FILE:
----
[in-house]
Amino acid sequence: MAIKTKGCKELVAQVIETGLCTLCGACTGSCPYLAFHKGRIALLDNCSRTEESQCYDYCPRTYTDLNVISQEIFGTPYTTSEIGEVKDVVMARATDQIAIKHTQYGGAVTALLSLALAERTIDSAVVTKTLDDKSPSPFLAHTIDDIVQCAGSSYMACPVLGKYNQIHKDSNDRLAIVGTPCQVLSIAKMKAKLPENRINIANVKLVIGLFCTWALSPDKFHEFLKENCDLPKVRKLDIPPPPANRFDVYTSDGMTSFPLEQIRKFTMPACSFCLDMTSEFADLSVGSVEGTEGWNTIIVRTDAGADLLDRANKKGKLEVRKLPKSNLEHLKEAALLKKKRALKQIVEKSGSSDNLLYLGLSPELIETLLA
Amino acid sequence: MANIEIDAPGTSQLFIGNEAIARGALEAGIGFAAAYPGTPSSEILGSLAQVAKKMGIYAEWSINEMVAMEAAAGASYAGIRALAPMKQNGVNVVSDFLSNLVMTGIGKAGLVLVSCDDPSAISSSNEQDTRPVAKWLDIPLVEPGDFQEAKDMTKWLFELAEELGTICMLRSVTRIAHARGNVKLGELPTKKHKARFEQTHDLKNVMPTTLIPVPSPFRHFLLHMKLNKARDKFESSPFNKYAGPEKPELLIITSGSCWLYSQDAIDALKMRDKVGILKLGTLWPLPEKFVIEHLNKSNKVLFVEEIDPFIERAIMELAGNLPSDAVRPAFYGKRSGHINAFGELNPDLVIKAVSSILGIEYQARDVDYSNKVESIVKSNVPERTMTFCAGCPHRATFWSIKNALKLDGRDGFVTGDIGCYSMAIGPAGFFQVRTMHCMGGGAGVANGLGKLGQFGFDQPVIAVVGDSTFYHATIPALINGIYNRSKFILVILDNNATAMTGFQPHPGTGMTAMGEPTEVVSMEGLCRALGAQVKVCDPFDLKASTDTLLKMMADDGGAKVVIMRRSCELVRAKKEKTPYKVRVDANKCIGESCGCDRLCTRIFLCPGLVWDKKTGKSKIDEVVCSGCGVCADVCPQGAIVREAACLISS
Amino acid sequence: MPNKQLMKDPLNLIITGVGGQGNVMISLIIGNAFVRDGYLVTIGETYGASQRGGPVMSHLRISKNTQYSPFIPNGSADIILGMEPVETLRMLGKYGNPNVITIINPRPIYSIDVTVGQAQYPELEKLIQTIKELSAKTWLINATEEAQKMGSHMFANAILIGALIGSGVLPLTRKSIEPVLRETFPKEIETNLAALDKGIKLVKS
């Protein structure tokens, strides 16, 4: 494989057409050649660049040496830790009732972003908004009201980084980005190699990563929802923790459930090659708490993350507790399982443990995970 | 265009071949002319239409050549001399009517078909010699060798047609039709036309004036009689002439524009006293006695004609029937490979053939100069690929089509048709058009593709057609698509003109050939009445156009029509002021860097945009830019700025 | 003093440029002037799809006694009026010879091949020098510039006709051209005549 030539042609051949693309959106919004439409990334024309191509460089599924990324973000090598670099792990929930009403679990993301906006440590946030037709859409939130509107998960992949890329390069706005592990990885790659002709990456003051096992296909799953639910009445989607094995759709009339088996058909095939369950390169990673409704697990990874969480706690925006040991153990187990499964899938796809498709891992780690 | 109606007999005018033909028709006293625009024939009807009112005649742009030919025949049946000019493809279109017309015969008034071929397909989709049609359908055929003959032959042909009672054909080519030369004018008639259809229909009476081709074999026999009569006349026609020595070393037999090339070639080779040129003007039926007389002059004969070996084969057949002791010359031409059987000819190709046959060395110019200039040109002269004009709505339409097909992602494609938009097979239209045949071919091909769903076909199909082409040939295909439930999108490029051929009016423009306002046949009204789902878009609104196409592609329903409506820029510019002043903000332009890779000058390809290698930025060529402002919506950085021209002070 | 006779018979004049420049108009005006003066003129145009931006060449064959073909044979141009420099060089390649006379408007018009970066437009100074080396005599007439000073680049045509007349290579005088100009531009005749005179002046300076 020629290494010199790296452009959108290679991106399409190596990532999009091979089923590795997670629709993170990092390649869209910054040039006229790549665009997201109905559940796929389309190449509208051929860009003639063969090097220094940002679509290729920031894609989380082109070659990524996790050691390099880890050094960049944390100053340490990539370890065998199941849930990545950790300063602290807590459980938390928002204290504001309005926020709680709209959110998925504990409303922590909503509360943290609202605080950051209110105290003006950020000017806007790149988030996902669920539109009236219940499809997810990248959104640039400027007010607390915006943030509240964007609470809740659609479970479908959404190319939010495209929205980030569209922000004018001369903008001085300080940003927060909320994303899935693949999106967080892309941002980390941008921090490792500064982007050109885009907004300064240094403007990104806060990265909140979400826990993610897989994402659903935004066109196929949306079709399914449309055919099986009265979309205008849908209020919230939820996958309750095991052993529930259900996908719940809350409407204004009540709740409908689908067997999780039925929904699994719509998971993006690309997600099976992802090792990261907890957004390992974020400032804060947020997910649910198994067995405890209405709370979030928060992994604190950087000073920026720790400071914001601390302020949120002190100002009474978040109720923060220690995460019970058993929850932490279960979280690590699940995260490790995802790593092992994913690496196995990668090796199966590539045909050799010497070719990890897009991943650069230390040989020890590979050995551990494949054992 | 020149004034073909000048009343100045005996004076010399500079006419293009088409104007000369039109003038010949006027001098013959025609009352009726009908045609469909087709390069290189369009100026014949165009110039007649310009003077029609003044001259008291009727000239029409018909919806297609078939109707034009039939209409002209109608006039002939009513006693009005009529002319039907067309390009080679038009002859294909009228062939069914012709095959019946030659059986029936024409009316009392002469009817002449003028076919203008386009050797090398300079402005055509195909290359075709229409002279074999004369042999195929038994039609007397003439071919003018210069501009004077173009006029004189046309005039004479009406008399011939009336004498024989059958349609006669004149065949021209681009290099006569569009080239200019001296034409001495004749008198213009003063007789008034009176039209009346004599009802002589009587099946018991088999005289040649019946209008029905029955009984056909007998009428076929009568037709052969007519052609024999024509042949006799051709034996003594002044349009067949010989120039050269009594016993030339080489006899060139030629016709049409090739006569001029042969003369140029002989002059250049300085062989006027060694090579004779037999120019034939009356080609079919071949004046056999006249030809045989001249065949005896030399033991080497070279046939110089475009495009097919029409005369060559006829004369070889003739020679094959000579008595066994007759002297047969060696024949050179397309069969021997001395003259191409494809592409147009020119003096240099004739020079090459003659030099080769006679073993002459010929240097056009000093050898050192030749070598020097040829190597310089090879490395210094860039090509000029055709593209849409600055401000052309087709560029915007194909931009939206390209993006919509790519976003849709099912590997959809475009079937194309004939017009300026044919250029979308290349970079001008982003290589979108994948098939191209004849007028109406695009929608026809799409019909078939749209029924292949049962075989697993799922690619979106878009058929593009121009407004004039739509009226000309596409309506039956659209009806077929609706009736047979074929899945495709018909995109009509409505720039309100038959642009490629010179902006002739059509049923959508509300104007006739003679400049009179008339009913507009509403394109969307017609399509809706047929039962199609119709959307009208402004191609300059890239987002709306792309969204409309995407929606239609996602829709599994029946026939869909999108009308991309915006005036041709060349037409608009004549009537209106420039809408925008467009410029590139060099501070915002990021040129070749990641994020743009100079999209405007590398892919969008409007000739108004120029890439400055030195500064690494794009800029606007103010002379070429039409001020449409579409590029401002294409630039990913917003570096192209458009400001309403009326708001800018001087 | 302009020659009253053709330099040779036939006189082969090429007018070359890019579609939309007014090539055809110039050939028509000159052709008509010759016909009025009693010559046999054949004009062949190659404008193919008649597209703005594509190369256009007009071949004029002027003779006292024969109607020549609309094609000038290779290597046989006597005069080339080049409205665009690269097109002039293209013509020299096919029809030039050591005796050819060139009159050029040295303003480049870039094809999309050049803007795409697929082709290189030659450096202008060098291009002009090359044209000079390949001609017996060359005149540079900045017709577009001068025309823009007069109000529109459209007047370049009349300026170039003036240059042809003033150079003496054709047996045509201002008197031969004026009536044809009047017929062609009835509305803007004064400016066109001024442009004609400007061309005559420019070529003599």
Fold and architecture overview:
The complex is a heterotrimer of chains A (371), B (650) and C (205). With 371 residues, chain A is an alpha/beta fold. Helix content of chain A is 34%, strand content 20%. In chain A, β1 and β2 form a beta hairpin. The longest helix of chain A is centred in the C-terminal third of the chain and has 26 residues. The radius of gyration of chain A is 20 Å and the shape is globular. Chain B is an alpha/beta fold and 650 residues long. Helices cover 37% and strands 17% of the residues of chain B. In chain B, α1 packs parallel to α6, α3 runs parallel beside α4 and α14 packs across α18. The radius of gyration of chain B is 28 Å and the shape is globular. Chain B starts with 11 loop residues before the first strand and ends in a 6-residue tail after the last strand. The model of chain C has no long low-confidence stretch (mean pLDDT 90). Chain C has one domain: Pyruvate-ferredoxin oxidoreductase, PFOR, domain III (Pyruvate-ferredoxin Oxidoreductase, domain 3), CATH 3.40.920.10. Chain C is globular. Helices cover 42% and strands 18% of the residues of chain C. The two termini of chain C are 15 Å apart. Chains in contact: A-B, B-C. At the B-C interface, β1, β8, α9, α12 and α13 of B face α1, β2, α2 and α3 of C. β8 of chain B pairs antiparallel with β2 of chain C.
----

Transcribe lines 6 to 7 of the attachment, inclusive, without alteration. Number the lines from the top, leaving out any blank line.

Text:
Fold and architecture overview:
The complex is a heterotrimer of chains A (371), B (650) and C (205). With 371 residues, chain A is an alpha/beta fold. Helix content of chain A is 34%, strand content 20%. In chain A, β1 and β2 form a beta hairpin. The longest helix of chain A is centred in the C-terminal third of the chain and has 26 residues. The radius of gyration of chain A is 20 Å and the shape is globular. Chain B is an alpha/beta fold and 650 residues long. Helices cover 37% and strands 17% of the residues of chain B. In chain B, α1 packs parallel to α6, α3 runs parallel beside α4 and α14 packs across α18. The radius of gyration of chain B is 28 Å and the shape is globular. Chain B starts with 11 loop residues before the first strand and ends in a 6-residue tail after the last strand. The model of chain C has no long low-confidence stretch (mean pLDDT 90). Chain C has one domain: Pyruvate-ferredoxin oxidoreductase, PFOR, domain III (Pyruvate-ferredoxin Oxidoreductase, domain 3), CATH 3.40.920.10. Chain C is globular. Helices cover 42% and strands 18% of the residues of chain C. The two termini of chain C are 15 Å apart. Chains in contact: A-B, B-C. At the B-C interface, β1, β8, α9, α12 and α13 of B face α1, β2, α2 and α3 of C. β8 of chain B pairs antiparallel with β2 of chain C.